And to repeat: I _don't_ normalise every song, that would be bad - I normalise the _whole album together_.

    One more thing - what is 'extended bit length'? Aren't the words are always the same length? And I thought I understood digital...

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    Thumbs up

    Thanks for comments from both of you...it really teaches and encourages new people at this stuff.....i guess what your saying is what i was fearing you were going to say in the first place......1) i need to either send my CD to be mastered by the pros and pay the $$$$, or 2)i can buy some high end equipment and still spend lots of $$$$$, i dont know if i have the experience to do my own mastering......but like you said..ill learn while i do it....and yes Sonusman i am like you in respect you never think what you do is good enough............

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    Either I'm missing something or I'm just not getting my point across.

    I go through the same process as you, sonusman. I pick one track which I'm familiar with and then listen and adjust the other tracks in relation to this, at this stage you would say that I had finished mastering, and that I should now write to CD. All I am saying is that I make sure that the loudest point in the whole mix ie over all the track, is at 0db. So, there will probably only be one point in the whole album's worth of songs that gets up to 0dB and everything else with be at the right 'perceived' (by me) level. I do this so that my ALBUM (not every song) is at the optimum level for playback and I don't end up with my CD sounding ridiculously quiet compared to commercial CDs.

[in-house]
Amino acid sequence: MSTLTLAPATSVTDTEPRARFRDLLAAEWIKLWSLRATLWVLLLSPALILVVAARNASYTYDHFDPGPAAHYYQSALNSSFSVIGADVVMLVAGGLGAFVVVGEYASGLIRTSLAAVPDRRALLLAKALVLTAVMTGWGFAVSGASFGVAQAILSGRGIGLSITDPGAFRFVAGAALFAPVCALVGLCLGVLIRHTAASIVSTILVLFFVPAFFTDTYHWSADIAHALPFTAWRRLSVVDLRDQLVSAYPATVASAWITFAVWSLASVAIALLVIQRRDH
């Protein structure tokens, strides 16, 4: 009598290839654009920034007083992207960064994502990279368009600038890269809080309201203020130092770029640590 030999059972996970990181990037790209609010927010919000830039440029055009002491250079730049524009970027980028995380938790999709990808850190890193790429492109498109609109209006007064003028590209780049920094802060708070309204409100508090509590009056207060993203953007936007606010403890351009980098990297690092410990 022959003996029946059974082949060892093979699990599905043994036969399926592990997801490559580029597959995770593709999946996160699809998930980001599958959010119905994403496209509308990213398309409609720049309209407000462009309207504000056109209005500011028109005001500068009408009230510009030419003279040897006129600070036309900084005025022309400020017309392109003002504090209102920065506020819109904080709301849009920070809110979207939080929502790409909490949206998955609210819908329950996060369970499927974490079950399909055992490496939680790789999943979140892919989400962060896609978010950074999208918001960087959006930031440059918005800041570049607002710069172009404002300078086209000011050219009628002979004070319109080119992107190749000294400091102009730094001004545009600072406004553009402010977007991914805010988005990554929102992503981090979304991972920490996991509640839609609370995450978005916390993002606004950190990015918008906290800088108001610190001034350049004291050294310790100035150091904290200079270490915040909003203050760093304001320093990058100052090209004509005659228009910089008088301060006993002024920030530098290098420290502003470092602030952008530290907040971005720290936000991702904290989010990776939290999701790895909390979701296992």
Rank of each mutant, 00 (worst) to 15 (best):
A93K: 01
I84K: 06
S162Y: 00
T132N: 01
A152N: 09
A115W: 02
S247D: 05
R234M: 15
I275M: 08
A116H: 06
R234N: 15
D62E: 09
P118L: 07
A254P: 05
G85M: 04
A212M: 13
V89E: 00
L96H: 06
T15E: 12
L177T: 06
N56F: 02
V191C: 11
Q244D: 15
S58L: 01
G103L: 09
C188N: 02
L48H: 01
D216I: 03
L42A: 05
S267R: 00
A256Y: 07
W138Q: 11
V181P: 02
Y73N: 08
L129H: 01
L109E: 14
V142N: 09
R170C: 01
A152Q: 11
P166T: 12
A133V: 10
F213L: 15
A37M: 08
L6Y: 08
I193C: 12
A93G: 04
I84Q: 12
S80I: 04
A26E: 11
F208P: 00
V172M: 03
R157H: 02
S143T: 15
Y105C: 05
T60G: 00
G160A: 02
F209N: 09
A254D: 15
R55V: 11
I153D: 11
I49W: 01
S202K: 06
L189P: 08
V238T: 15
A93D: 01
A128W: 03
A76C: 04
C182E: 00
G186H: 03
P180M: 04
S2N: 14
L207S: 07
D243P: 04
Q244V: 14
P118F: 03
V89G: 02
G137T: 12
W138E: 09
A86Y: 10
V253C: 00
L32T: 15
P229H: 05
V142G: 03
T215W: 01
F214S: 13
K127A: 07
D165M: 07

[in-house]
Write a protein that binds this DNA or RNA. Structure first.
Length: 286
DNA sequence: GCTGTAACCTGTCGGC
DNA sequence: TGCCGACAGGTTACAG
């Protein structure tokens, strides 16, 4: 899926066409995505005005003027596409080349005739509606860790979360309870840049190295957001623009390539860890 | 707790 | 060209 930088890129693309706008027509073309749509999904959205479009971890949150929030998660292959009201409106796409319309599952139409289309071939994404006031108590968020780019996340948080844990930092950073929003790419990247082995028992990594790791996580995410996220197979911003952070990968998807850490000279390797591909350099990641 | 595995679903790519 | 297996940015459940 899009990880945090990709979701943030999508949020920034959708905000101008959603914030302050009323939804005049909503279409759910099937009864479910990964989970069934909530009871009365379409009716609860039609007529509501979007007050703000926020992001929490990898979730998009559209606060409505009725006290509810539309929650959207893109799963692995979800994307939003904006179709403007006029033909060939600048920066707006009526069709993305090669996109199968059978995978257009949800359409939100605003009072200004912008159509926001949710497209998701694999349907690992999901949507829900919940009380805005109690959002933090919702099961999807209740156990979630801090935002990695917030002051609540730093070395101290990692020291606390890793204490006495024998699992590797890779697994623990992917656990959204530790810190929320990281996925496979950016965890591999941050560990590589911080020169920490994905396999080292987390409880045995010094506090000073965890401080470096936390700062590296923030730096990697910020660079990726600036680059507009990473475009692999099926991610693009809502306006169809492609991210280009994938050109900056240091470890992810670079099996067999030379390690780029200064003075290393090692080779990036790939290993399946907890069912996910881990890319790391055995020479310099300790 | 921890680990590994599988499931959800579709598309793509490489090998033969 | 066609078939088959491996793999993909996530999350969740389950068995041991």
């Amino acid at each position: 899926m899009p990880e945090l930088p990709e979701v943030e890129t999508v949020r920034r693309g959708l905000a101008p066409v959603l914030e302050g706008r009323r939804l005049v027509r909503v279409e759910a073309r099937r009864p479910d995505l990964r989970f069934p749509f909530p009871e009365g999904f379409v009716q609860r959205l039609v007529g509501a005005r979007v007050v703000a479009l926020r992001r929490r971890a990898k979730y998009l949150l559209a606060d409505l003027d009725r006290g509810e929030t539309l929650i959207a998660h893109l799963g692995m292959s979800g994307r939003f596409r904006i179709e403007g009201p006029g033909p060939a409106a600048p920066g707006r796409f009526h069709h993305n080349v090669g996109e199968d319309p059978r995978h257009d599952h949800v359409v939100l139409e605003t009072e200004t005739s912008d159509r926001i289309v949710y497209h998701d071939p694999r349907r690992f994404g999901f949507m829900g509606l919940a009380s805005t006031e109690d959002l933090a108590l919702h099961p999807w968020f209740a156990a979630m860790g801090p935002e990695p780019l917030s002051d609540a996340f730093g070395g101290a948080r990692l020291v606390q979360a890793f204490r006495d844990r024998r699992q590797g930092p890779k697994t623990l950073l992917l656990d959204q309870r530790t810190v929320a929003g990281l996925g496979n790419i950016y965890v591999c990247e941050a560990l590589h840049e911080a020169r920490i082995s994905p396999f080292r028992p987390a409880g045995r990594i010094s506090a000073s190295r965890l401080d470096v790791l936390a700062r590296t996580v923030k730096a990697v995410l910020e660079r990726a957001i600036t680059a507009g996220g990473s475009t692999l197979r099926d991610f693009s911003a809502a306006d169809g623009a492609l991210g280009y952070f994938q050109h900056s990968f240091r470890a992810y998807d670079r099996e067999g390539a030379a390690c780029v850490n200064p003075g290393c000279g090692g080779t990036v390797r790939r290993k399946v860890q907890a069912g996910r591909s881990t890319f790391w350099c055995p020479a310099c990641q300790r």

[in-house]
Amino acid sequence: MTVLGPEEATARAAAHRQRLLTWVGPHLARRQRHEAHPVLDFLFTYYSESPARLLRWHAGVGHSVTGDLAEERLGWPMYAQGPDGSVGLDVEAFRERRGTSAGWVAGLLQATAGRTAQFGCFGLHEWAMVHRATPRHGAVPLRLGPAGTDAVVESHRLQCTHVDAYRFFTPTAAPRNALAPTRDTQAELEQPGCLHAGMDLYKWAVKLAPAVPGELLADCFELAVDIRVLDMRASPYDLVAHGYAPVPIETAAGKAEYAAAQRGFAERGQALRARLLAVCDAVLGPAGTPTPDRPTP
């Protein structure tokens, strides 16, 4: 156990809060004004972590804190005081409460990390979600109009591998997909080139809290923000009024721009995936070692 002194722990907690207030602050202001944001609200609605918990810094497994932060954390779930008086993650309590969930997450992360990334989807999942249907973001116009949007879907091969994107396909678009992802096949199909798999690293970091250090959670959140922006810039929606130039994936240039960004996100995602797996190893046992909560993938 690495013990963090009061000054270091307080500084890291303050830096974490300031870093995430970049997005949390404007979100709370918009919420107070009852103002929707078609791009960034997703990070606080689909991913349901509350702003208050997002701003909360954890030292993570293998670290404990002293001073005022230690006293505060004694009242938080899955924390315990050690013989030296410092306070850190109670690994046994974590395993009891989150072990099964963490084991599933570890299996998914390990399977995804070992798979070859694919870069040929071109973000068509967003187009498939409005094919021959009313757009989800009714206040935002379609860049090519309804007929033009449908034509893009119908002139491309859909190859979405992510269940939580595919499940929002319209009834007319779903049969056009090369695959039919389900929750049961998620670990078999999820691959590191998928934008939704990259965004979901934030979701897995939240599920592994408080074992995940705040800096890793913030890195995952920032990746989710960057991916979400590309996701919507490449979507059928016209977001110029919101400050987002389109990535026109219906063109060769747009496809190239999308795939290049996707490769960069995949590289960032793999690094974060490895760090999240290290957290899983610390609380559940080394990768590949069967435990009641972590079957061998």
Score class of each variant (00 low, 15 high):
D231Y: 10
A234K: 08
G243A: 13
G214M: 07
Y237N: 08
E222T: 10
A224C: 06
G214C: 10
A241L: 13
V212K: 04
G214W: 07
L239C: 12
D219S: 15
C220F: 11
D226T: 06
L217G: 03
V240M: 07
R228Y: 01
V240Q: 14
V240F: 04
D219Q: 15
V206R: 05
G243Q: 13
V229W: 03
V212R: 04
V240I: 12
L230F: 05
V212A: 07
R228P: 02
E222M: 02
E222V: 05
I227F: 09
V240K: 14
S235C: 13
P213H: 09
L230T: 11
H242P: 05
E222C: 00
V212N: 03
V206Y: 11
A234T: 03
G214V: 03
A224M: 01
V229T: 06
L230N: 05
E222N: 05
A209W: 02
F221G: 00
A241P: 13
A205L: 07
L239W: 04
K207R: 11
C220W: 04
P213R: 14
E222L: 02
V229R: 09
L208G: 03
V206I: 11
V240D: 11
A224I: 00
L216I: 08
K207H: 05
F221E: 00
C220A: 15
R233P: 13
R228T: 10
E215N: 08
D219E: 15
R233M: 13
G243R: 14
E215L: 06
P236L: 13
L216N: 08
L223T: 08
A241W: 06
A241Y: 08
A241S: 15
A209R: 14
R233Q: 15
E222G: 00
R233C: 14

So, is that so bad?

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    Question

    Hey guys.....im having the same problem again.........

    Sonusman: I tried your refrencing trick of ripping a comparable professional CD..turn it to a .wav file, and then compared my file to it. I used Steinberg waves to master my .wav. I adjusted my .wav file so it was as loud..and in most cases had louder average volume than the professional ripped .wav file.